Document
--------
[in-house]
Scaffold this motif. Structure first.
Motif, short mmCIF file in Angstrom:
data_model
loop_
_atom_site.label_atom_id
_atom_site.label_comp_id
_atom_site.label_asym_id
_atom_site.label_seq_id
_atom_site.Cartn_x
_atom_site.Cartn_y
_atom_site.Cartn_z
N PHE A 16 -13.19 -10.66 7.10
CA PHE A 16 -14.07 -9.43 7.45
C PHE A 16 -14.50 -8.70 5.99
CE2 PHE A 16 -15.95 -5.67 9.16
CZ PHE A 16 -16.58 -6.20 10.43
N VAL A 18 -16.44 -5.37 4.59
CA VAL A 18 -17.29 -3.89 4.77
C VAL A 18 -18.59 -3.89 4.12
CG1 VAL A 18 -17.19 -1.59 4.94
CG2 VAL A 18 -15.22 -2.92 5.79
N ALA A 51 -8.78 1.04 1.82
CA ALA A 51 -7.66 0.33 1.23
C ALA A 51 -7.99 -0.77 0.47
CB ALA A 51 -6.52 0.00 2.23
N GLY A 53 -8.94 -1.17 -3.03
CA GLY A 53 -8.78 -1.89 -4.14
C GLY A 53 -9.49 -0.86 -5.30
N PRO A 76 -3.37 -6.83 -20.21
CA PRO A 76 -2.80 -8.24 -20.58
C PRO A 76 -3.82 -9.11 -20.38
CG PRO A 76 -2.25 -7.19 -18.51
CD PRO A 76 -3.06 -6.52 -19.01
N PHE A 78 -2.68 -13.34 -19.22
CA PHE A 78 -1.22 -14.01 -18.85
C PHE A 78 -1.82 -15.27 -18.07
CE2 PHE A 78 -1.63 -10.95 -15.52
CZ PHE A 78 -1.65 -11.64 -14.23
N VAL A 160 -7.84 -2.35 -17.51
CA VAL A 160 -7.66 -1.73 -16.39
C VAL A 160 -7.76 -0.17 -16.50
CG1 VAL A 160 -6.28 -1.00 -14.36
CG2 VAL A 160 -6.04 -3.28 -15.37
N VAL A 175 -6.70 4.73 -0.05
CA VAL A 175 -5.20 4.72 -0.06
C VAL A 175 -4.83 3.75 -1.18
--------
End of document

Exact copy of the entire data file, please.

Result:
[in-house]
Scaffold this motif. Structure first.
Motif, short mmCIF file in Angstrom:
data_model
loop_
_atom_site.label_atom_id
_atom_site.label_comp_id
_atom_site.label_asym_id
_atom_site.label_seq_id
_atom_site.Cartn_x
_atom_site.Cartn_y
_atom_site.Cartn_z
N PHE A 16 -13.19 -10.66 7.10
CA PHE A 16 -14.07 -9.43 7.45
C PHE A 16 -14.50 -8.70 5.99
CE2 PHE A 16 -15.95 -5.67 9.16
CZ PHE A 16 -16.58 -6.20 10.43
N VAL A 18 -16.44 -5.37 4.59
CA VAL A 18 -17.29 -3.89 4.77
C VAL A 18 -18.59 -3.89 4.12
CG1 VAL A 18 -17.19 -1.59 4.94
CG2 VAL A 18 -15.22 -2.92 5.79
N ALA A 51 -8.78 1.04 1.82
CA ALA A 51 -7.66 0.33 1.23
C ALA A 51 -7.99 -0.77 0.47
CB ALA A 51 -6.52 0.00 2.23
N GLY A 53 -8.94 -1.17 -3.03
CA GLY A 53 -8.78 -1.89 -4.14
C GLY A 53 -9.49 -0.86 -5.30
N PRO A 76 -3.37 -6.83 -20.21
CA PRO A 76 -2.80 -8.24 -20.58
C PRO A 76 -3.82 -9.11 -20.38
CG PRO A 76 -2.25 -7.19 -18.51
CD PRO A 76 -3.06 -6.52 -19.01
N PHE A 78 -2.68 -13.34 -19.22
CA PHE A 78 -1.22 -14.01 -18.85
C PHE A 78 -1.82 -15.27 -18.07
CE2 PHE A 78 -1.63 -10.95 -15.52
CZ PHE A 78 -1.65 -11.64 -14.23
N VAL A 160 -7.84 -2.35 -17.51
CA VAL A 160 -7.66 -1.73 -16.39
C VAL A 160 -7.76 -0.17 -16.50
CG1 VAL A 160 -6.28 -1.00 -14.36
CG2 VAL A 160 -6.04 -3.28 -15.37
N VAL A 175 -6.70 4.73 -0.05
CA VAL A 175 -5.20 4.72 -0.06
C VAL A 175 -4.83 3.75 -1.18